Worlds Otherwise Hidden featuring Nevin Aladağ, Kimsooja, and Nari Ward

Worlds Otherwise Hidden featuring Nevin Aladağ, Kimsooja, and Nari Ward

KANSAS CITY, MISSOURI—May 17, 2018—Kemper Museum of Contemporary Art is pleased to present Worlds Otherwise Hidden featuring international artists Nevin Aladağ, Kimsooja, and Nari Ward, with an opening reception taking place Thursday, May 17, from 5:00 p.m.–8:00 p.m.

The exhibition will remain on view through September 2, 2018.

Worlds Otherwise Hidden explores the complexities—both beautiful and challenging—of cultures shaped by migration, immigration, displacement, and exile. Nevin Aladağ (b. 1972), Kimsooja (b. 1957), and Nari Ward (b. 1963) combine and transmute specific objects, designs, and symbols from divergent cultural contexts in their video and sculptural installations. They explore issues of fractured geography, creating new space for dialogue and revealing worlds otherwise hidden.

Curated by Kemper Museum’s Erin Dziedzic, the exhibition is presented as a prelude project providing a broader trajectory and thematic investigation of artists featured in Open Spaces: A Kansas City Art Experience, taking place August 25–October 28, 2018.

“Through inventive use of materials, these artists evoke patterns that broaden narratives—both personal and universal—revealing the beautiful and complex connections between cultural histories,” says Erin Dziedzic, director of curatorial affairs at Kemper Museum.

Born in Turkey and based in Berlin, Nevin Aladağ employs practicable objects such as carpets, wire, and instruments in her two- and three-dimensional works and video installations that engage purposefully with meditations on cultural heritage and identity. She harmonizes patterns, materials, and sounds of varying origins through symmetry, rhythm, and symbiotic balance to reveal an underlying connectedness between individual and collective histories.

Korean-born, New York–based artist Kimsooja synchronizes public and private identity and experience as she brings attention to the potency of everyday objects and actions, and the memory and narrative therein. Using designs, icons, and colors from all of the world’s national flags, without hierarchy or political prejudice, Kimsooja’s installation To Breathe—Zone of Nowhere creates a visual canopy where national differences exist on an equal plane.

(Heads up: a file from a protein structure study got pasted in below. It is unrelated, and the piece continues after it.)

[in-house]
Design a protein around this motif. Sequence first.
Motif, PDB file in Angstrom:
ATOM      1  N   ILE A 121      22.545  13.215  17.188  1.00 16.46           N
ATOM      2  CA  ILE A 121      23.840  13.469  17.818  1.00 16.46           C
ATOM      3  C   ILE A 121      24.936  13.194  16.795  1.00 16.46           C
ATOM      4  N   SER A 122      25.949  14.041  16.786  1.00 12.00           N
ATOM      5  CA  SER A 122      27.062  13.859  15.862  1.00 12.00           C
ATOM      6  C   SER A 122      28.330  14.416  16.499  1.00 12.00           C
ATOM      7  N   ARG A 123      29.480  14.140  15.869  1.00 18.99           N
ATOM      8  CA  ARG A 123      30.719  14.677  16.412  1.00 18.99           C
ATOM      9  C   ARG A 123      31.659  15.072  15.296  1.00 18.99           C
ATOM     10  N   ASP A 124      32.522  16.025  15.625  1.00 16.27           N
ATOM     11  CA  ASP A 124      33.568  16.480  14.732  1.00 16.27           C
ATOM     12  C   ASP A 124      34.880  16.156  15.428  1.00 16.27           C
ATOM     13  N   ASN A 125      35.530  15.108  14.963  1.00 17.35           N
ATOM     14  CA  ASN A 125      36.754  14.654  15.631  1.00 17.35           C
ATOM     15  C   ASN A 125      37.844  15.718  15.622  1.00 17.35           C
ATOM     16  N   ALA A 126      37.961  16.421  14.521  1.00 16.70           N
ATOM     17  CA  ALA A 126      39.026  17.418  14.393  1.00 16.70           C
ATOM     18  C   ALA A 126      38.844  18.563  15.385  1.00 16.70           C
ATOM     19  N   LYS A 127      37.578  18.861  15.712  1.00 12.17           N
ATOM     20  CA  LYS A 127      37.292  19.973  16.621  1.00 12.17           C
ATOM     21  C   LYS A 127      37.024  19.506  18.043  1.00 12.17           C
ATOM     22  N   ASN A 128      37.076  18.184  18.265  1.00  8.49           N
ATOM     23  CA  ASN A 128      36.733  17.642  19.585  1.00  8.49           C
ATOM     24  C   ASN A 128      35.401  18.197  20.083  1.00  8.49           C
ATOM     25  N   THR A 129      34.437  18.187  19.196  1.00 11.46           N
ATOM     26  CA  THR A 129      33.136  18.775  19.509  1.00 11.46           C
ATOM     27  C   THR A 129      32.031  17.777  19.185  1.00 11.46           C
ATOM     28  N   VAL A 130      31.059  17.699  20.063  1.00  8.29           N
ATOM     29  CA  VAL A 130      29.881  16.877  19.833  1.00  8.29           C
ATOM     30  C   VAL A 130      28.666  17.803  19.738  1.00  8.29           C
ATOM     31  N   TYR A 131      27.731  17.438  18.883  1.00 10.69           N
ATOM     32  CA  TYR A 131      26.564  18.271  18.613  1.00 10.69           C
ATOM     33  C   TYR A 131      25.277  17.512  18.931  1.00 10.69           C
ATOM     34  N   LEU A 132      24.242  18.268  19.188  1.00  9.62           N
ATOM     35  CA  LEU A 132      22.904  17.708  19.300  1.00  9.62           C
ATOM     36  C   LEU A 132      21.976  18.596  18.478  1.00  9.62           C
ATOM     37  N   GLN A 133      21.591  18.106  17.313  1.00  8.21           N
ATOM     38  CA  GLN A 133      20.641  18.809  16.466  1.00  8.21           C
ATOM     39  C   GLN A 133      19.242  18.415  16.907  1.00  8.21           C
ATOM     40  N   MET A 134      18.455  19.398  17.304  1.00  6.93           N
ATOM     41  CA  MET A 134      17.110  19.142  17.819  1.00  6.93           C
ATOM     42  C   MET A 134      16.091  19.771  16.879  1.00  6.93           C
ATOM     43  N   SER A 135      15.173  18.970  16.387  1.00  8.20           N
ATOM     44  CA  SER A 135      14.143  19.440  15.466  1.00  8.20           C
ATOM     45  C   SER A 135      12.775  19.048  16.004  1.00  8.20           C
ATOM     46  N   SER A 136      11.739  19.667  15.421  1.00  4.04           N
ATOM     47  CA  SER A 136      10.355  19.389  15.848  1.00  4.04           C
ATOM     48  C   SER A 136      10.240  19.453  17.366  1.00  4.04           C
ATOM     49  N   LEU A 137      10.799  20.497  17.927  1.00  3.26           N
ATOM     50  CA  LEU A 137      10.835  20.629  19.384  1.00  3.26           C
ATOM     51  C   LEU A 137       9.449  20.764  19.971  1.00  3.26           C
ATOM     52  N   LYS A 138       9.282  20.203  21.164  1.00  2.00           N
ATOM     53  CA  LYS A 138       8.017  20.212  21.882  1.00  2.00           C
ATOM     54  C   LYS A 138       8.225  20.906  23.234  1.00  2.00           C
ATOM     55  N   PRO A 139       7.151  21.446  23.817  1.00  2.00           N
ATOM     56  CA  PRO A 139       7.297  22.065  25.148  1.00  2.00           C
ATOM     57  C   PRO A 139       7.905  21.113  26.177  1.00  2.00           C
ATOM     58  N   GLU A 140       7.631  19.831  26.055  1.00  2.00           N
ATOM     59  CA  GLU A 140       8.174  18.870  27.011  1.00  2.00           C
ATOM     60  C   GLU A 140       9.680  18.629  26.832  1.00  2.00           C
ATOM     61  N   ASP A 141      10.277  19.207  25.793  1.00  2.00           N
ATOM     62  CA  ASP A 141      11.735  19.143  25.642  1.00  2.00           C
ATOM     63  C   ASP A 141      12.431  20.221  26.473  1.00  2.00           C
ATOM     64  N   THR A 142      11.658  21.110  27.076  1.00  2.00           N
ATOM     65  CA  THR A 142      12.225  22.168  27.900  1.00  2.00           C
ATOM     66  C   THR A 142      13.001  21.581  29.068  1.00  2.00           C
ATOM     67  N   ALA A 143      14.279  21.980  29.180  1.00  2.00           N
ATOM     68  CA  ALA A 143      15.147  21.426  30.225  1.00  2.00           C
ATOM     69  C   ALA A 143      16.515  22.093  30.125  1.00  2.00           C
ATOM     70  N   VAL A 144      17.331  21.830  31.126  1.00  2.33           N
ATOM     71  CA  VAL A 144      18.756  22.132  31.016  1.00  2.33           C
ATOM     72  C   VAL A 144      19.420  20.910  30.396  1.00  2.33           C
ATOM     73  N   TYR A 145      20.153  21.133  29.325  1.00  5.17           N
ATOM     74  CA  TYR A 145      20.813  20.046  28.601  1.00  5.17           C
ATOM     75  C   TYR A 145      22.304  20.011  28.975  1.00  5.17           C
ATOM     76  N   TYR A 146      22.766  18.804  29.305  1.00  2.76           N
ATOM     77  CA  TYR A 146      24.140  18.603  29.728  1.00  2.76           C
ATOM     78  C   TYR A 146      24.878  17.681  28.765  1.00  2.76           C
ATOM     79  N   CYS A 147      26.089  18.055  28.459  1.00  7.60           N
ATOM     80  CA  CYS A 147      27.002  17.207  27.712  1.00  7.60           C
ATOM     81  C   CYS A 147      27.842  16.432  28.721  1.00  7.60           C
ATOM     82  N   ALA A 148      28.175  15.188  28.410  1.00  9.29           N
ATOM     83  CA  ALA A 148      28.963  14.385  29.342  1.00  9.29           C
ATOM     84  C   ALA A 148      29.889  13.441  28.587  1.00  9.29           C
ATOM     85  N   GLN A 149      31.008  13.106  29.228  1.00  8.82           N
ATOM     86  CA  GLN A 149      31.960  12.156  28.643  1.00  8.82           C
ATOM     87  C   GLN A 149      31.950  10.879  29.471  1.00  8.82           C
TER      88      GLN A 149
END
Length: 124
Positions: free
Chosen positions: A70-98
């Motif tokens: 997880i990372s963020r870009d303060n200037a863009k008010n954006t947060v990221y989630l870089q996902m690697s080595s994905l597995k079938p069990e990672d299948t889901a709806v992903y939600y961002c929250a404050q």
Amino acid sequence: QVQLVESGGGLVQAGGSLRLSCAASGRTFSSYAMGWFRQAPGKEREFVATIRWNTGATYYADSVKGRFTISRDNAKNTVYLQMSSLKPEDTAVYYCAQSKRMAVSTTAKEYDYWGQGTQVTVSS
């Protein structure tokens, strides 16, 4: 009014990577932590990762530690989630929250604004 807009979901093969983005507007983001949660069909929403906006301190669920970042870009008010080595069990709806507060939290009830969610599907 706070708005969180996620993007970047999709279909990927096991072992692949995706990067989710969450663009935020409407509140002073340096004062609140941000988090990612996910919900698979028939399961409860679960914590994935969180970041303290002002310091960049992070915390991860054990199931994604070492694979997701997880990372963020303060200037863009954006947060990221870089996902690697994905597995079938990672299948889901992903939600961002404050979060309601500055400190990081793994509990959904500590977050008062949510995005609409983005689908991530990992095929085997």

Jamaican-born Nari Ward employs found objects, which imbue his works with a tactile and visceral relationship to both history and the real world. His sculpture and video works in this exhibition reveal messages and meaning through recurring forms that change over time and in different geographic locations. Ward’s references include urban space, performance and the body, the dynamics of power and politics, ideas of migration and movement, and vernacular traditions in his native Jamaica and where he lives and works in New York.

A complete list of Museum programs taking place in conjunction with Worlds Otherwise Hidden can be found at 

Kemper Museum of Contemporary Art is open 10:00 a.m.–4:00 p.m., Tuesday–Wednesday; 10:00 a.m.–9:00 p.m., Thursday and Friday; and 10:00 a.m.–4:00 p.m., Saturday and Sunday. All exhibitions and public programs at Kemper Museum are free. Support for Kemper Museum is generously provided by members and donors. 

Image Credit:

Nari Ward, Breathing Panel: Oriented Right, 2015, oak wood, copper sheet, copper nails, darkening patina, 96 x 120 x 1¼ inches. Collection of Allison and Larry Berg, Los Angeles. Courtesy Lehmann Maupin, New York and Hong Kong.

Kansas City’s renowned FREE contemporary art museum, Kemper Museum of Contemporary Art opened in October 1994 anddraws nearly 100,000 visitors each year. The Museum boasts a rapidly growing Permanent Collection that uniquely bridges modern and contemporary works of art featuring artists such as Louise Bourgeois, Helen Frankenthaler, Willem de Kooning, Georgia O’Keeffe, Keltie Ferris, Trenton Doyle Hancock, Richard Mosse, and Ursula von Rydingsvard. Special exhibitions, installations, lectures, and workshops, as well as youth, teen, and family programs are regularly hosted at the Museum.

For high-resolution images of select works, to tour the exhibition, or to arrange an interview, please contact:

Breeze Richardson, Director of Marketing and Communications | 816-457-6132